Court decision means billions of chickens will continue to have 'lives not worth living'

Court decision means billions of chickens will continue to have 'lives not worth living'

A vital opportunity to address the biggest animal welfare issue facing the country has been missed after the High Court rejected a legal challenge to the use of fast-growing chickens.

broiler chickens grown for speed not health The news today follows a judicial review at the High Court earlier this month which saw The Humane League UK bringing the case against DEFRA. The RSPCA provided vital evidence to the court over the two-day hearing which showed that fast-growing breeds of meat chickens suffer from severe health and welfare issues and many had 'lives not worth living'.

Judge Sir Ross Cranston, has ruled that DEFRA's policies and practices which allow the rearing of chickens that are genetically selected to grow so quickly they often suffer from heart defects and lameness, are not unlawful. Around a billion chickens are slaughtered for meat in the UK every year - or 2,000 every minute - and 90% of these chickens are fast-growing breeds so this is 'a huge missed opportunity to address the biggest issue for animal welfare in this country'.

Dr Marc Cooper, Head of Farm Animals at the RSPCA, said: "We're extremely disappointed by this news. The sheer scale of suffering and numbers of animals involved means this is a huge missed opportunity to address the biggest issue for animal welfare in this country. The outcome of this judicial review represents a significant failure to address the most pressing animal welfare issue of our time, despite overwhelming evidence of suffering. The scale of the issue is unprecedented and set to get worse as numbers farmed are predicted to continue to rise to meet growing demand.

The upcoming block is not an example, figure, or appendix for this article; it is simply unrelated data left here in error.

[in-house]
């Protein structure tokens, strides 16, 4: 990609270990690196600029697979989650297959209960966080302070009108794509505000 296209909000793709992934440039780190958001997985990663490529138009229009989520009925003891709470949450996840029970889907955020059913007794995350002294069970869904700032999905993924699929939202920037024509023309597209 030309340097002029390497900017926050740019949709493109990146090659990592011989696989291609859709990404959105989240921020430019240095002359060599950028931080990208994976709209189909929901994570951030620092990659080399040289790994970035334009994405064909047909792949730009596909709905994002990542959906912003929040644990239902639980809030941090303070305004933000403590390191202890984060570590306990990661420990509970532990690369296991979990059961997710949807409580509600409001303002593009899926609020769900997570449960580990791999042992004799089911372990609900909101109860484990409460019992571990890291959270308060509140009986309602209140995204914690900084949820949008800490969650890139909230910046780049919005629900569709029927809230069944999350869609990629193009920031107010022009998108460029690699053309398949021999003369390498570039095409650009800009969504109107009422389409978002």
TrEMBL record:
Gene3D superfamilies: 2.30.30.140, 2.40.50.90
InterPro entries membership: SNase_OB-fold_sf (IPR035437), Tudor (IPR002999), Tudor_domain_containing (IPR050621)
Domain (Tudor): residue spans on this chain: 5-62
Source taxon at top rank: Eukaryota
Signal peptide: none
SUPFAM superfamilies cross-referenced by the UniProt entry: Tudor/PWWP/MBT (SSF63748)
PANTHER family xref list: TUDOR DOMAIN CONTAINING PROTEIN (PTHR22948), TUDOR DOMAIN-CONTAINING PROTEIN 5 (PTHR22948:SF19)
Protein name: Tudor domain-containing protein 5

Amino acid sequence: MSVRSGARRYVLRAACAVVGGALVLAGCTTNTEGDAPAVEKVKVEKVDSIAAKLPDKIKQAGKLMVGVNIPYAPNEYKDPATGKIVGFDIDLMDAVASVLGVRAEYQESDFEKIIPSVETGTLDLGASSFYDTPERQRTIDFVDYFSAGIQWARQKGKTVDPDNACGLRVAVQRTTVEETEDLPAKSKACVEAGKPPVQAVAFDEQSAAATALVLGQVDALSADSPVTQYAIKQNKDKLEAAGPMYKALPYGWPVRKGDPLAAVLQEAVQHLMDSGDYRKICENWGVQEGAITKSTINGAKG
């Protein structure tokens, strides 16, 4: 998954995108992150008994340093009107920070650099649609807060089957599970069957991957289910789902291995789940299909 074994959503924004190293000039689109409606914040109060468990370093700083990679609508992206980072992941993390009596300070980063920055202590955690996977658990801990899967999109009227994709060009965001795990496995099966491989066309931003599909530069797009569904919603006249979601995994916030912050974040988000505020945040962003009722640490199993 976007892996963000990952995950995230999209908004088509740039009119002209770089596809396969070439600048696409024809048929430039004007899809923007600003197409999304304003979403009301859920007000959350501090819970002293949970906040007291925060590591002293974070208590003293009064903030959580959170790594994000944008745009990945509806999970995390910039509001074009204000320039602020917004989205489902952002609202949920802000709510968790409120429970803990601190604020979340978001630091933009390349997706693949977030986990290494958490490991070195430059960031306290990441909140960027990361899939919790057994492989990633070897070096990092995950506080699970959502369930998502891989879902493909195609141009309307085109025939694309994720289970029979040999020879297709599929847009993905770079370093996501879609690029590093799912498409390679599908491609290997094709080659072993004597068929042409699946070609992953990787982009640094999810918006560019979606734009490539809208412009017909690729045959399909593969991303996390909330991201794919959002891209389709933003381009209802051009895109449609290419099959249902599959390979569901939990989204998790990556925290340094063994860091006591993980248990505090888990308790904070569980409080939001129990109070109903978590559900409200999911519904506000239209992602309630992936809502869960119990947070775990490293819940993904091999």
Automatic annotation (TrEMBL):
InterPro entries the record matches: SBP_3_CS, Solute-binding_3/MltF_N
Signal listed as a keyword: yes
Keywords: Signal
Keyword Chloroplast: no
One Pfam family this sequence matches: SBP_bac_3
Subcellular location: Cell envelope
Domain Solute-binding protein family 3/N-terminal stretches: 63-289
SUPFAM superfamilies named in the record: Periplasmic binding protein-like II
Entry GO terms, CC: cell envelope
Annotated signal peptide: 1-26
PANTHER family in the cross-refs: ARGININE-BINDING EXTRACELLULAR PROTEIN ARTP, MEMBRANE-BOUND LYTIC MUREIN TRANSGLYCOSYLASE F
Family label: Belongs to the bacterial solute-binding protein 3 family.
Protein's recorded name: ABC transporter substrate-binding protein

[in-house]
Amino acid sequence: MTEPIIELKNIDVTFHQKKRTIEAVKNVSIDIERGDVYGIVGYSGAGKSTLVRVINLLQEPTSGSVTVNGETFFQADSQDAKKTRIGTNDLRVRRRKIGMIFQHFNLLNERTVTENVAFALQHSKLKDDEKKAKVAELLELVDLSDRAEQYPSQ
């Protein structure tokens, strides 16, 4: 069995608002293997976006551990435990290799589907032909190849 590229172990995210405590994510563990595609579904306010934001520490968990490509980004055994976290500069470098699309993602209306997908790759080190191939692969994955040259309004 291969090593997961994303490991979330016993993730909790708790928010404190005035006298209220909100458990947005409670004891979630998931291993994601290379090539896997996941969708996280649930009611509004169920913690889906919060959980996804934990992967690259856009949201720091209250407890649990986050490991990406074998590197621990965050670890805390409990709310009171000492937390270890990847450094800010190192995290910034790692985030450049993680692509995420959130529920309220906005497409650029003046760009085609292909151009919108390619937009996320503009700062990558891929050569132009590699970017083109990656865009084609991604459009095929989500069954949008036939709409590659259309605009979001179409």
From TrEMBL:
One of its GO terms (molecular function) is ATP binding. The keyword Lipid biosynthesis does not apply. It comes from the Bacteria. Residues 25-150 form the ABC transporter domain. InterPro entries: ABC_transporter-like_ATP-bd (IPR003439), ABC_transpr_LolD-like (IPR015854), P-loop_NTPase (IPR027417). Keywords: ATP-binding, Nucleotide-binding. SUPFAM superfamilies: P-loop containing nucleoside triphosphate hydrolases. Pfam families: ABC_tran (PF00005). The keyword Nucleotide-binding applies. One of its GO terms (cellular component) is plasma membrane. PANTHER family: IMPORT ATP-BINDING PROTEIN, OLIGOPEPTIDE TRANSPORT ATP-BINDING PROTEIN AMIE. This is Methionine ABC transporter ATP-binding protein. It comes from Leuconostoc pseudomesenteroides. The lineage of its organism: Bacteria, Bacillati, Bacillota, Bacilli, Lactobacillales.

"It's a total breakdown of morality that allows us to treat animals in this way, and there are no winners: humanity, the environment and animals will sadly all pay the price.

"This judgement is a missed opportunity to make the single most important change for animals in 200 years. Governments must act now and take a leadership role on this issue.”

The RSPCA's report studied health and welfare outcomes for these fast-growing chickens, who have been bred to grow rapidly in order to produce the maximum amount of meat in the shortest period of time, and at the cheapest price possible. The report found that they become so big, so quickly that they can struggle to bear their own weight resulting in lameness (difficulty walking), suffer health issues such as leg lesions and spend most of their time sitting and eating rather than engaging in positive natural behaviour such as perching and dustbathing. Other research has demonstrated that these breeds also often suffer from heart defects and sudden death syndrome. The report concluded that fundamentally these chickens 'do not have a life worth living' - watch the video Eat. Sit. Suffer. Repeat: the life of a fast growing meat chicken to here the conclusion.

Emma Slawinski, Head of Policy and Advocacy at the RSPCA, said: "We're deeply disappointed by the news today that the challenge has been dismissed by the High Court. However, we are proud to be part of this historic case and will continue to push for change for chickens. 

"We hope this will shine a light on the suffering involved in the majority of chicken available to the public and we will continue to raise awareness of the plight of chickens to consumers, retailers and the Government. We'll continue to campaign for a compassionate and sustainable farming system which protects animals, the planet and ourselves.”

The RSPCA understands that this will be disappointing news for the majority of the public who care passionately about animal welfare. However, this isn't the only way that we can all make a change for animals. The charity is calling on retailers to sign up to the Better Chicken Commitment and meet the minimum broiler ask by 2026. This means providing chickens with more space, natural lighting, and importantly only allows slower-growing breeds of chickens. 

Retailers and foodservice companies such as Marks & Spencer and KFC have already signed-up to the Commitment - but there are many retailers in the UK who are yet to make the pledge.

The RSPCA is also urging the public to 'Eat less, eat better' by reducing the amount of animal products they consume and when they do, to choose higher welfare products, such as products carrying the RSPCA Assured logo.